So, what is a "cenote"? The Yucatan Peninsula is a flat shelf of limestone. In countless places across the peninsula, the limestone has collapsed forming natural sinkholes. There are no rivers in Yucatán... at least not on the surface. There is an extensive subterranean river system, and the "cenotes" gave the Mayas access to that hidden water supply.
Some years ago, when I was showing a family member around the Yucatán, our driver took us to a rather isolated but beautiful "cenote" called X'tabún. Ever since then, whenever I take a friend to the Mayan ruins of Uxmal, I have the driver make a detour to visit Cenote X'tabún. We turn off the main highway between Mérida and Uxmal, and travel several miles along a narrow paved road. We reach a village by the name of San Antonio Mulix. The little town owns a couple "cenotes" which they maintain as an eco-tourism spot, although it is very far off the typical tourist path.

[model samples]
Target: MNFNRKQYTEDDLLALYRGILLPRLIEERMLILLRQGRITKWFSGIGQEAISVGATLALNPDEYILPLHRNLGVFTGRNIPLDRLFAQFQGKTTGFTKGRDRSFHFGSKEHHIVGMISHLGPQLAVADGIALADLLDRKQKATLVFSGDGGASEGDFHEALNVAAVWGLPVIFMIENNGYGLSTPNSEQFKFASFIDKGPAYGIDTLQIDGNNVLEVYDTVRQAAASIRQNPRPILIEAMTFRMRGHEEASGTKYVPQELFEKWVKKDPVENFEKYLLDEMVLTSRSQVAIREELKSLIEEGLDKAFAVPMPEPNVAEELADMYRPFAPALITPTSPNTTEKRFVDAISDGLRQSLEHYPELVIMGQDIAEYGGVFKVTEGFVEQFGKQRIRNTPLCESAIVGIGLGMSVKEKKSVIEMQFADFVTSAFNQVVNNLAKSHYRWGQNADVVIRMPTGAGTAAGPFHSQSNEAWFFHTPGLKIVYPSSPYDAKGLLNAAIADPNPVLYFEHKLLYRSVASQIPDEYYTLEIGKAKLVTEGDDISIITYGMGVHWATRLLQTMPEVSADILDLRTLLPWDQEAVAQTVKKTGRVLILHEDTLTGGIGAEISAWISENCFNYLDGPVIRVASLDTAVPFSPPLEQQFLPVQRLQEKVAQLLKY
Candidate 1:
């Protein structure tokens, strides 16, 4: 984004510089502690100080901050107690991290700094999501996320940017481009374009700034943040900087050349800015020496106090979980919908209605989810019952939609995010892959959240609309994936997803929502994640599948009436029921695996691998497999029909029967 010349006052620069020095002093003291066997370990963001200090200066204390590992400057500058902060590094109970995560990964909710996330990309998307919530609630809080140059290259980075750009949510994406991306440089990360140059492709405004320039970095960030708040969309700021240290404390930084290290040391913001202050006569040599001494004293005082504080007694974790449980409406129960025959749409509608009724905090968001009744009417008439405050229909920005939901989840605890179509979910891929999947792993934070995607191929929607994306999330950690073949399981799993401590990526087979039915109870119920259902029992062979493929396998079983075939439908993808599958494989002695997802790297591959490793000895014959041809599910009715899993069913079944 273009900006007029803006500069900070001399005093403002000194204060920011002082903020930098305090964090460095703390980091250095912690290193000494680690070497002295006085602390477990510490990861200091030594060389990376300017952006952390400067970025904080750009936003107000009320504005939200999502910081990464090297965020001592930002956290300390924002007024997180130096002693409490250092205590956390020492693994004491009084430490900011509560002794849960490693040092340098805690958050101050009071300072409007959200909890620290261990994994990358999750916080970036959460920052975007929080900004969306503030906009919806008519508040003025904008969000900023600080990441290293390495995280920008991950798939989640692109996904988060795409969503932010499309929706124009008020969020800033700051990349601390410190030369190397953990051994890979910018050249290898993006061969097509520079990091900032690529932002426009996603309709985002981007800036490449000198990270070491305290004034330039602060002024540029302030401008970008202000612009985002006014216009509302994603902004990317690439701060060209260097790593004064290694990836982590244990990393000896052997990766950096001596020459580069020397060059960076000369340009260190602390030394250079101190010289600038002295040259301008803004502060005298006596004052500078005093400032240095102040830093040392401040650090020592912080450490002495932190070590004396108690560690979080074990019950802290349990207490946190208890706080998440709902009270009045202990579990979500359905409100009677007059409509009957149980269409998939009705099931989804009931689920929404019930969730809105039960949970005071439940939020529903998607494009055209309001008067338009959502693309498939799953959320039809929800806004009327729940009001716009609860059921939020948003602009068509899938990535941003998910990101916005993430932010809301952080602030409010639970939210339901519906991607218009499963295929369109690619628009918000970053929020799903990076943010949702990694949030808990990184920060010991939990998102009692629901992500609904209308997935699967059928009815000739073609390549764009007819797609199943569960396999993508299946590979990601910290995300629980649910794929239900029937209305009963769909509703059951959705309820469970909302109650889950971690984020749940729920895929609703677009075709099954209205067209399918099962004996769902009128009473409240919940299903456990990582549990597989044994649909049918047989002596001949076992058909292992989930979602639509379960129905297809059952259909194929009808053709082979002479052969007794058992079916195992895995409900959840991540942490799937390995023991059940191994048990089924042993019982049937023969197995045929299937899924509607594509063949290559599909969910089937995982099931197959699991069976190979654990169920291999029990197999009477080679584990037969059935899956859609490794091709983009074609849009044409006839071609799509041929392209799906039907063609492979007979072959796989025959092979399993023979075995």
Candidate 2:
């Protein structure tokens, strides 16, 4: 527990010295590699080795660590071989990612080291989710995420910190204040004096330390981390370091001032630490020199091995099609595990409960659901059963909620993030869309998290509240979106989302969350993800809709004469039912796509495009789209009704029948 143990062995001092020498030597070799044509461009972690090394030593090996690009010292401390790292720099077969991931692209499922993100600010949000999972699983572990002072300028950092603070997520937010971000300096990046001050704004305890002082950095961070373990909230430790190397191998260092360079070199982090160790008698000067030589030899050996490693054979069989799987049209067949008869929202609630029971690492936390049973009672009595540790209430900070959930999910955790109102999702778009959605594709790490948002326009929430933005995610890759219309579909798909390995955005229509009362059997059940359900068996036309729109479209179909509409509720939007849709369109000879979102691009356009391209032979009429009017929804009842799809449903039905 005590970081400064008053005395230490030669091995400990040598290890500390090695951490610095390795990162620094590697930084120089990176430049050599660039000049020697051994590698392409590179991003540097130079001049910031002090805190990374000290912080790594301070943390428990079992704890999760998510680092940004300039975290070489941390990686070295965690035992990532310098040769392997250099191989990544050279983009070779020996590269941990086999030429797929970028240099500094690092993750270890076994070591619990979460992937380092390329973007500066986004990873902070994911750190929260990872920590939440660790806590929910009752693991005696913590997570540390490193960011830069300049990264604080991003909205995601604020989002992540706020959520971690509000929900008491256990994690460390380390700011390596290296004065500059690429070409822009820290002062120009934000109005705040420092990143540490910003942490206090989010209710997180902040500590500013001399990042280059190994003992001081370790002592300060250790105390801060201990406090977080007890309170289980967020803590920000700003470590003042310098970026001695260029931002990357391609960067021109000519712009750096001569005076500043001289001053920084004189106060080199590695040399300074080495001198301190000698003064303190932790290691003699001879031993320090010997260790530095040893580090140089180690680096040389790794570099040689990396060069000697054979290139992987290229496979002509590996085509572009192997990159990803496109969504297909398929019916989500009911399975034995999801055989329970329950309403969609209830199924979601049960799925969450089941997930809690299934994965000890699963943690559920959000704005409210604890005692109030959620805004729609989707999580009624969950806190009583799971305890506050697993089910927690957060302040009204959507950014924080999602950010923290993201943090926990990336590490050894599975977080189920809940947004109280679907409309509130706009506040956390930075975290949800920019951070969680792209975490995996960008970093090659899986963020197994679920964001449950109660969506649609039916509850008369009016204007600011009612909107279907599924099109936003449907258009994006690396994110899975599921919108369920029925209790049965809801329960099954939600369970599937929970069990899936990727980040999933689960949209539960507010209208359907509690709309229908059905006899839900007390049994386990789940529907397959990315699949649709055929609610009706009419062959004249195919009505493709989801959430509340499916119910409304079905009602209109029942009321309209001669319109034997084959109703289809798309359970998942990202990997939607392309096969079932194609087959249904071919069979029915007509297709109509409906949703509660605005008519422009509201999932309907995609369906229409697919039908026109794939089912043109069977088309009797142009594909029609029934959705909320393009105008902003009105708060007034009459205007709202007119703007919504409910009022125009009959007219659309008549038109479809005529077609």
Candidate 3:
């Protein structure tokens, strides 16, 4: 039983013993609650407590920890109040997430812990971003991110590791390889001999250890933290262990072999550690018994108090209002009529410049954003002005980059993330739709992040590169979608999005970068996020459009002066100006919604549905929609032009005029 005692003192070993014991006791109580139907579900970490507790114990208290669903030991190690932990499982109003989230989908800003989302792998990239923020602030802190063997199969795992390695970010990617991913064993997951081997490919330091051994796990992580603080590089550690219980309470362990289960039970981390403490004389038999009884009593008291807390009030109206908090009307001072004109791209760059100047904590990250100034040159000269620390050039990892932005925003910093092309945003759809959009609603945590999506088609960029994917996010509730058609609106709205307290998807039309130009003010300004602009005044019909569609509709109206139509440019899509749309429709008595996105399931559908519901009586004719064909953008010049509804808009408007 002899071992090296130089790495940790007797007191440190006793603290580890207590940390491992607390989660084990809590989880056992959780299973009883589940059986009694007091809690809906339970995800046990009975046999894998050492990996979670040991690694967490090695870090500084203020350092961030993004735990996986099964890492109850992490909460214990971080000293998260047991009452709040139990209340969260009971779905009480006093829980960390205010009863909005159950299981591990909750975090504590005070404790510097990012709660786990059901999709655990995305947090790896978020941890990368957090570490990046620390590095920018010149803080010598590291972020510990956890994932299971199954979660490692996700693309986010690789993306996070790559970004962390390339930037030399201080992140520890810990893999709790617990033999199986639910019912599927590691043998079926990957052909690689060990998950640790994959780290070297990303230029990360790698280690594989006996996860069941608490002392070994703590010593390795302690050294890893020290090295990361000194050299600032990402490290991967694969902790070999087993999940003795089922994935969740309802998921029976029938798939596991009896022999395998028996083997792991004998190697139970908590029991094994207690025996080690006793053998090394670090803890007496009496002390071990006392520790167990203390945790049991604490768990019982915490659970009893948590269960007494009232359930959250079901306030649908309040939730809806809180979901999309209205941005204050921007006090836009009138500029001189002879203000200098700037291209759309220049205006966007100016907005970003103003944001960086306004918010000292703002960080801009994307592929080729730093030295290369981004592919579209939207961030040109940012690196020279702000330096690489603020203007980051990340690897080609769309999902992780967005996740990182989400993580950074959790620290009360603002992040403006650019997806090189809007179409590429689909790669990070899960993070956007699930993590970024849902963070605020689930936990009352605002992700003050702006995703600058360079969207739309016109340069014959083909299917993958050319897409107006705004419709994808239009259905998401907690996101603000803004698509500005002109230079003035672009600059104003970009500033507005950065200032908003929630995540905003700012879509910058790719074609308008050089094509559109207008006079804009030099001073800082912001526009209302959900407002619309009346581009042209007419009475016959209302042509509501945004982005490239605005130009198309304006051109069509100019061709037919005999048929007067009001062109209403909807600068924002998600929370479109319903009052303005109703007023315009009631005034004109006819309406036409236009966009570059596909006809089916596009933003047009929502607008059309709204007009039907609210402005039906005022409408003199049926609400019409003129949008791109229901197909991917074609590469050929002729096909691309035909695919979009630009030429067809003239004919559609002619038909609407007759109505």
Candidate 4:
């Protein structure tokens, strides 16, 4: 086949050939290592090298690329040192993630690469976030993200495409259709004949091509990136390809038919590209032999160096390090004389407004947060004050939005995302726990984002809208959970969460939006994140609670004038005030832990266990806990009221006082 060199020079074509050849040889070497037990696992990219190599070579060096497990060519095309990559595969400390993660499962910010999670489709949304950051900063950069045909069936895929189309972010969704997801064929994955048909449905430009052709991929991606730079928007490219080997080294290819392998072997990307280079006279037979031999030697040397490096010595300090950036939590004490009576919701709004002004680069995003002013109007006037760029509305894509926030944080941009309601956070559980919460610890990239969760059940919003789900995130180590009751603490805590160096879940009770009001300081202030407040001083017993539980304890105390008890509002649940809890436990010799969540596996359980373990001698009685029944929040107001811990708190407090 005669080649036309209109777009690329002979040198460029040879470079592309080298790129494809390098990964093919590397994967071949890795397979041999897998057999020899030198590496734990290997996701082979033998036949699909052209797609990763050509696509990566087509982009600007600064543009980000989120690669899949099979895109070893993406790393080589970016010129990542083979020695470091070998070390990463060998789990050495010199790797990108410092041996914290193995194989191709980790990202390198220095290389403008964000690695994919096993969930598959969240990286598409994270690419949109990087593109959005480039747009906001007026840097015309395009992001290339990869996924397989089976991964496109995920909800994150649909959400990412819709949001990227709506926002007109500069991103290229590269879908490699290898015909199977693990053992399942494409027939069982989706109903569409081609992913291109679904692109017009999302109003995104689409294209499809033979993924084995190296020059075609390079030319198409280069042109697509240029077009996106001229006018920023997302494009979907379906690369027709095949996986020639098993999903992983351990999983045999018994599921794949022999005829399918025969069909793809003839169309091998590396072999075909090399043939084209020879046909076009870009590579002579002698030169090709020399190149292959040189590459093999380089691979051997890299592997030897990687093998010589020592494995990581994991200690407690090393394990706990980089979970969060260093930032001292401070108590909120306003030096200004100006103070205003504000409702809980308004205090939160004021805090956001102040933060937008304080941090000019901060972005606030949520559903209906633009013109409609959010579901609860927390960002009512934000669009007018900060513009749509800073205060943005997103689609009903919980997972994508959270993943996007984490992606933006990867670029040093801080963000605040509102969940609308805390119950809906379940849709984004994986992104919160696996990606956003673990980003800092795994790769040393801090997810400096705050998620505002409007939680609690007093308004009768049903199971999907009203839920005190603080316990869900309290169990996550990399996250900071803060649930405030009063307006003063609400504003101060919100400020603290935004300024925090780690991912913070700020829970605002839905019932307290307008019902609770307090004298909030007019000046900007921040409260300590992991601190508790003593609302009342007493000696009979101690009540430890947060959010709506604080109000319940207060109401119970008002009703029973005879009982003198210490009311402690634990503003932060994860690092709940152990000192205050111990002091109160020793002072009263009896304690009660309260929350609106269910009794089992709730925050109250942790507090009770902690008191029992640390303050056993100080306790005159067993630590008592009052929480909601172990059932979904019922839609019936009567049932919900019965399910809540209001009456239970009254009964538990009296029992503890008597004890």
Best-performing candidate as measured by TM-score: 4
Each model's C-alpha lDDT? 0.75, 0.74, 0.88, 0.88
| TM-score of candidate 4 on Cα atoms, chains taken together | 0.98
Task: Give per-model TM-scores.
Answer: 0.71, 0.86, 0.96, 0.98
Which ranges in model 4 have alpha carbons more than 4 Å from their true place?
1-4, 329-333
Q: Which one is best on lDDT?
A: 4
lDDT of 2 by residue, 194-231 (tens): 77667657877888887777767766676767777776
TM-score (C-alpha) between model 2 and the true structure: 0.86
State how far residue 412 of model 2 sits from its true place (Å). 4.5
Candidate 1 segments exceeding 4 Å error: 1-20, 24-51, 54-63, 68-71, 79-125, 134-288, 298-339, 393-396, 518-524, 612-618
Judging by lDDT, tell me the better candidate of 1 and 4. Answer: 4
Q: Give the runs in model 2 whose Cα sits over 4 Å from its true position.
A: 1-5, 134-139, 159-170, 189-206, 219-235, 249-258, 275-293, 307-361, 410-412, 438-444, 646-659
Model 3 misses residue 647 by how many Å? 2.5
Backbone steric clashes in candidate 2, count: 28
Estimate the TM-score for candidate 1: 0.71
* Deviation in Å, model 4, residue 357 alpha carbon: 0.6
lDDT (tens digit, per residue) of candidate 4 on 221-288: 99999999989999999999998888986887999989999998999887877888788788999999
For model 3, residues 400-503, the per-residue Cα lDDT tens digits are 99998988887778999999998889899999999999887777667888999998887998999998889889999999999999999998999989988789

After our visit to Uxmal, and dinner at an old hacienda, our driver, David, took us to San Antonio Mulix. There we stopped to pay our admission fee and sign the visitors' registry. We were, not surprisingly, the only "gringos" to visit the place that day. We then drove to a dirt road where a villager took our tickets and opened the gate. We traveled along the dirt road until we came to a spot above the "cenote" where we could park the car. We took a short path leading down into the "cenote" to the water level. There was a Mexican family there on a Saturday afternoon outing. They had been swimming, but were preparing to leave. We soon had this tranquil, beautiful spot all to ourselves.
The water is crystal clear and filled with small fish. Where the "cenote" is deeper ...the depth of many of them is unknown... the water is a dark midnight blue. The limestone cliff rises up from the water, and the roots of the trees growing above hang down like vines.
Our driver, David, contemplates the beauty of the "cenote".
Gail and Wes loved this spot. Wes said that visiting a "cenote" should have been on his bucket list. Perhaps he can add "swimming in a cenote" to his list, and thus have an excuse to make a return visit to the Yucatán.